In trying to champion its Charter of Québec Values, the Québec government maintains that it will improve “gender equality” and ensure secularism of the state.

By prohibiting “the wearing of visible religious symbols” by civil servants and any other public staff, the PQ is mainly targeting women who wear the Islamic headscarf. Montréal’s Proletarian Feminist Front opposes this hypocritical and discriminatory measure. We consider it as an abuse of state power against women’s and migrants’ lives.

There would be 1,000 other changes to make if the government was really willing to fight against women’s oppression and inequality. Among them would be ensuring the right of women to autonomy, the right to work without being discriminated against, and the right to freedom of thought.

The measures put forward by the PQ are hypocritical and contradictory. On one side, they take away rights of Muslim women—and to everyone wanting to show their religion. But at the same time, they uphold the “right” of the Québec government to display a crucifix at the National Assembly and they allow praying in City councils and public funding for religious schools. Abolishing those privileges for certain religions is precisely the kind of actions that would be needed to ensure that the state becomes truly secular.

By giving exclusive privileges to the Catholic religion, the PQ shows that its “secularism” is nothing but a joke. The “heritage” that the PQ is defending lags a long history of oppression and injustice against women.

Both religion and the capitalist state oppress women!

Most religions, both in their writings and practice, have treated women as inferior. In Québec, in Canada and elsewhere, governments, the capitalists and the ruling parties used religion to varying degrees to justify their unfair policies towards women. Corporations and the state did this when the Catholic Church in Québec enjoined working women to go back home after World War II, or in the 1950s when the priests literally forced thousands of women to continue to grow their already large families, on behalf of “conjugal duty.” If there is a symbol of women’s oppression that Québec should get rid of, it certainly is the crucifix that the most rightist PM in Québec history, Maurice Duplessis, installed behind the Speaker’s chair at the National Assembly!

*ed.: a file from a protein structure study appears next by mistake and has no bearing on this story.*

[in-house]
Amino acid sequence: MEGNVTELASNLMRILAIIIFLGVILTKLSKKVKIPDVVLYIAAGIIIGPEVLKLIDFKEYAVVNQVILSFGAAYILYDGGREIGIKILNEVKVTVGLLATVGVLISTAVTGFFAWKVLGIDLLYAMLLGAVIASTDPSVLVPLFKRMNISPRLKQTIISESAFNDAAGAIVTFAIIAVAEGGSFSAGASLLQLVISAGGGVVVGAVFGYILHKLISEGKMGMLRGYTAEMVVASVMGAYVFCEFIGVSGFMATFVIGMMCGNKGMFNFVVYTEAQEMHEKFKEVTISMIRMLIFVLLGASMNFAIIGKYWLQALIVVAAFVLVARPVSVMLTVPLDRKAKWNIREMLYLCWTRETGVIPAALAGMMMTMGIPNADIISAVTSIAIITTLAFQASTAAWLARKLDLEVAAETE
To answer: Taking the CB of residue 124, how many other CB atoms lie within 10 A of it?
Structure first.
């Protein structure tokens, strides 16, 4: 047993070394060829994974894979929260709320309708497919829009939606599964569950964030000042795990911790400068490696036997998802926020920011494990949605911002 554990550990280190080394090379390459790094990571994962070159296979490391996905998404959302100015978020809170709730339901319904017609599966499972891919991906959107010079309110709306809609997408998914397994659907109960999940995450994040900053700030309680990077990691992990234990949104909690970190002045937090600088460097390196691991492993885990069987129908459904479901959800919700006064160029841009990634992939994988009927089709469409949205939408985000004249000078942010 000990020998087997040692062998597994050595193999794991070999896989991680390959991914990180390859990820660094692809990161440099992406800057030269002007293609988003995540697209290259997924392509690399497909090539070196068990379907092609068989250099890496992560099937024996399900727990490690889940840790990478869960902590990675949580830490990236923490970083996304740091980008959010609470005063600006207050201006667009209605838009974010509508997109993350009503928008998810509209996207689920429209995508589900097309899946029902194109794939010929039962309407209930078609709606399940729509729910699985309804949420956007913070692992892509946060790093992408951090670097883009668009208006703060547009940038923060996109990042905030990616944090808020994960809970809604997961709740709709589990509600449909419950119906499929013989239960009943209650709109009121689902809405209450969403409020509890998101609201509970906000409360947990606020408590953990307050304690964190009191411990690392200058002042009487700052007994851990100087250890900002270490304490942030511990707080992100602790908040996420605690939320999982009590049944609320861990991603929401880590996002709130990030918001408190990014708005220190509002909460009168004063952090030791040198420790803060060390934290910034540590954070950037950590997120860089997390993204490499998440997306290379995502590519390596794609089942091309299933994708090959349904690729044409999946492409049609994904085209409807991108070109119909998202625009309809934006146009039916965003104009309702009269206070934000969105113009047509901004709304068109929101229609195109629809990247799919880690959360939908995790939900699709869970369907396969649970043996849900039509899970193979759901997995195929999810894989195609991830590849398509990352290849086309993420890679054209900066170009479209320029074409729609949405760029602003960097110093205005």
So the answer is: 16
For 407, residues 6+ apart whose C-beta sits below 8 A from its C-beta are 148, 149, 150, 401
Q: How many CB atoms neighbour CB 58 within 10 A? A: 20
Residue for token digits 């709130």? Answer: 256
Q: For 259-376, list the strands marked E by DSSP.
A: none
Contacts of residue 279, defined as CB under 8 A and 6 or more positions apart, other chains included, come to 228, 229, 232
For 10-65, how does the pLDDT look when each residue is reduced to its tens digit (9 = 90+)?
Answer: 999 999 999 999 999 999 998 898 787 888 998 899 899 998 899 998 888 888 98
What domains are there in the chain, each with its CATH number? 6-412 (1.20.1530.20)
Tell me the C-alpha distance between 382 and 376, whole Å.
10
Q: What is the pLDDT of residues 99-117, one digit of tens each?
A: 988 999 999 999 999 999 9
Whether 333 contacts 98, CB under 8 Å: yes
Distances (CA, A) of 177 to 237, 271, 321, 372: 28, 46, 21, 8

It seems obvious for anyone that the State should not force any woman to wear the hijab; but then, why should we ban it? Why should we give the State—which is basically capitalist and unequal—so much power over individuals and in this particular case, over women?

In Québec as in the rest of Canada, the fight against reactionary ideas (there are such in all religions) should be waged collectively among the working and oppressed people. We must unite women and men of diverse origins around a project of emancipating and egalitarian society. This project—of a world free from exploitation, racism and women’s oppression—cannot be accomplished within the frame of the current capitalist system or by relying on a State that supports the powers that be. We should refuse to give to the State any additional power over our lives.

  • We’ll fight to unite women who are rejected by the bourgeois system in a collective class struggle.
  • We’ll support women who seek freedom from oppression, whether from their family, from work or from religion.
  • We’ll resolutely fight against any religious state or any state whose policies would be coloured by one religion or another.
  • Similarly, we’ll fight against any state that wants to decide for us, as it protects and defends the bourgeoisie and the rich.
  • We’ll fight any state policy that undermines the little power that women, especially poor and migrant women, have over their lives.

We must get rid of oppression itself… rather than symbols! As long as we live in an unequal system led by a minority of rulers who exploit the working people—especially women and migrants—we must oppose state power and demand the following rights:

  • The right to dignity and respect.
  • The right for everyone to show their difference, in opinion and in spiritual and sexual orientation.
  • The right to decent work and salaries.
  • The right to housing.
  • The right to a free and secular education, dedicated to the development of individuals in an egalitarian society free from exploitation.
  • This is the only “charter” that we dream of!

And we are demanding nothing less than that… until we’ll change the whole system!

Proletarian Feminist Front – Montréal

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